Press "Enter" to skip to content

How can we make finance more female friendly?

Growing up, my parents had two very distinct money manifestos. While my dad was focused on the long-term, it was my mum who was in charge of paying the bills, buying the groceries and balancing the family budget from week to week.

I can still see my mum sitting at the kitchen bench with a calculator in one hand and a pen in the other. The bench covered in bank statements and credit card bills, as well as a pile of cash, weighed down by a Tupperware container in which she hid it.

I don’t think my experience is all that unusual. Back in the day, being smart with money meant knowing how to stretch the family dollar. Many women were raised to believe that their husbands would be responsible for investing and long-term saving.

That’s not to say that this is still the norm. I think women, especially Millennial women are increasingly taking control of their financial futures. However, it’s an uphill battle with an industry that has long catered to men.

Finance is a male dominated industry

Financial jargon aside, every time I watch Tom Piotrowski deliver a finance report on TV I am confused by his insistence on hiding his handsome face behind a genuinely atrocious beard.

Check any news site or television finance segment and you’ll see that the people writing or talking about finance are pretty much middle-aged white men who look like (or are) David Koch. The finance industry thrives on the use of jargon and acronyms which do more to exclude, rather than include.

Because the financial services industry is dominated by men (only one in five financial advisors in Australia is female) women are not getting their needs met when they seek advice or try to learn about money.

How can we make finance more female friendly?

Women want jargon-free communication, a high level of interaction and the presentation of a range of alternative strategies and products when they seek financial advice.

Young Australian women are more independent and educated than ever, accounting for almost 60 percent of university graduates and 34 percent of business owners.

Things are changing

In the last few months two of my friends have purchased shares for the very first time, and I couldn’t be more delighted for them. The fact that this blog even exists (and you lovely people read it) means times are changing. The financial services industry and the way it communicates just needs to catch up.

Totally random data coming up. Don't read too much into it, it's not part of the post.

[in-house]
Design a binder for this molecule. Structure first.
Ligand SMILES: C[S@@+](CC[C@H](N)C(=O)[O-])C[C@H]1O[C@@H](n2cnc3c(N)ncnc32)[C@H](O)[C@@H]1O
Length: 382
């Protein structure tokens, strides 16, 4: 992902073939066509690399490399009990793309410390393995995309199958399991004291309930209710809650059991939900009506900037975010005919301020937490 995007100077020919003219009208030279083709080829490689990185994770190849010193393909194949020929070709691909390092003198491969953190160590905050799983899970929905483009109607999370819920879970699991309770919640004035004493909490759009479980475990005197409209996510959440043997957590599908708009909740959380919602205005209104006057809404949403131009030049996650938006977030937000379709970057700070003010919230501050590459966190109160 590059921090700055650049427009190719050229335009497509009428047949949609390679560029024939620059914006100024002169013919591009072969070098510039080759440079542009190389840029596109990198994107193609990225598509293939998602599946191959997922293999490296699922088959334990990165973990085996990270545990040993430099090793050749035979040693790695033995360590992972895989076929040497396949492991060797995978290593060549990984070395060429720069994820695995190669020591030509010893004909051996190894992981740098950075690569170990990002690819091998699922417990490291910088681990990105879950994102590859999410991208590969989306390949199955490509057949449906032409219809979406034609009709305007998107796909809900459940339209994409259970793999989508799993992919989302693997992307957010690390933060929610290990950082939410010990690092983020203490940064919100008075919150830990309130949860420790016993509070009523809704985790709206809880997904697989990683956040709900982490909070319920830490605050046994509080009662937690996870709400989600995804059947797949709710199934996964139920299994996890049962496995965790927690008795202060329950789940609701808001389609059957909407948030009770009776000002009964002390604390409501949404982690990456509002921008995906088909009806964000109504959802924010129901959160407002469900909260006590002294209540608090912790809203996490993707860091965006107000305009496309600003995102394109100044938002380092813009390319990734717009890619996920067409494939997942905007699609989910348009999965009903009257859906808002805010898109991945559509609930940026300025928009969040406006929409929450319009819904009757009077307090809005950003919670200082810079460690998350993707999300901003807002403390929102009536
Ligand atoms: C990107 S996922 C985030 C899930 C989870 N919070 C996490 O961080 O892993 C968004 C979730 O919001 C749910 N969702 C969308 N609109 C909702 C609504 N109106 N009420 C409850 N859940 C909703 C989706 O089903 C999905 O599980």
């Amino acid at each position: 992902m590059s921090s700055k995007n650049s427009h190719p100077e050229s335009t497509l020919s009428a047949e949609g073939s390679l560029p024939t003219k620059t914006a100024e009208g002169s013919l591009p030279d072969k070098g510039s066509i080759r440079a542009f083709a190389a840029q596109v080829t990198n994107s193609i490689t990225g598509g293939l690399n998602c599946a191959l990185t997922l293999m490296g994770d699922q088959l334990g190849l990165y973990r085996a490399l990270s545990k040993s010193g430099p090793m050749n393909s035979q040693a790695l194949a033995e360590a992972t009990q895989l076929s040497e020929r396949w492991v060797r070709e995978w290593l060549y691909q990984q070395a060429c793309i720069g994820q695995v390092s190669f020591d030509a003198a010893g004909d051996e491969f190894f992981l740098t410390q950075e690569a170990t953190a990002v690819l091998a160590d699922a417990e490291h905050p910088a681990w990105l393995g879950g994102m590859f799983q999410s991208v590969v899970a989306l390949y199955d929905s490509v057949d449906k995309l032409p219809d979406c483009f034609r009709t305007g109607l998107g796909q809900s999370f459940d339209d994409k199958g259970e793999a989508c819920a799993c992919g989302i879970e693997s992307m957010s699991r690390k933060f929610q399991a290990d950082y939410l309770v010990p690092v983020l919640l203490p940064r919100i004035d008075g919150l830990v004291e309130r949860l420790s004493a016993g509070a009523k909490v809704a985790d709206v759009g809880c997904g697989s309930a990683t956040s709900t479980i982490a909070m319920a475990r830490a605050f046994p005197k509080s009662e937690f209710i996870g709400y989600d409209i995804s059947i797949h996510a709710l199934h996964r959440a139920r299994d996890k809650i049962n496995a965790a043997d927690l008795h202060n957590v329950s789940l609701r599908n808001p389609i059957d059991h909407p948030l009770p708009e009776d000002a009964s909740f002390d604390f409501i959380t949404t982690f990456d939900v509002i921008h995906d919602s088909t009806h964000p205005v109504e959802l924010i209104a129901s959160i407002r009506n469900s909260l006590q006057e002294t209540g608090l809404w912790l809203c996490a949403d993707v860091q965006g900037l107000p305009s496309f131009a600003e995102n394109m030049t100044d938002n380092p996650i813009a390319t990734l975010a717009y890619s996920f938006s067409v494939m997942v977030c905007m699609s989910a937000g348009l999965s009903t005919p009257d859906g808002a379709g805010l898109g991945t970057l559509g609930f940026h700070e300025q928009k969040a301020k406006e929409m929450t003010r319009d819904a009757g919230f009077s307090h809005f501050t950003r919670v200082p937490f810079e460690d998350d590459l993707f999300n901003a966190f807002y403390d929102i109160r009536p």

1. Pia Pia June 20, 2017

    I definitely agree on jargon free! I want no-nonsense approaches, not big words that bore me to tears.

  2. “who look like (or are) David Koch” – I laughed at this but I immediately felt sad when I realised how true this is. Like Pia, I agree with the the jargon-free communication, and all the more with high level of interaction. I’m sure you’ve seen/read about that debate between him and Natalie, that was frustrating. Natalie asked legit questions and all he could say was trust him because he knows his stuff. I don’t think it works that way.
    I think that this is not only true in Australia, it is the same in the US as well. One female blogger, Kara, has started Bravely (, which is women-focused. I think Mrs. ONL mentioned another one, but I can’t remember it off the top of my head. Maybe one day we’ll have something of our own, too.

  3. Miss Money Box Miss Money Box June 22, 2017

    I’m glad you enjoyed my reference to Kochie (and his lookalikes). I did see the debate between Kochie and Natalie Barr – she made some good points about the Sydney property market to which he didn’t really have a proper response for (as you said). I will definitely have a look at Bravely, thanks for the tip!

  4. Dividends Down Under Dividends Down Under July 17, 2017

    Tom Piotrowski! I am very impressed with how long he has been the 10 news finance guy, I was shocked to see his crazy beard recently – I guess nobody is immune from this hipster trend turning mainstream.

    I agree that a lot of finance is fancy jargon – I dunno about you, but i get the feeling that a lot of the men dominating the business want to feel super duper smart, if they used normal words they wouldn’t be so ‘impressive’. Hats off to the guys who are including women as equals in the finance space.

    Mrs DDU

Comments are closed.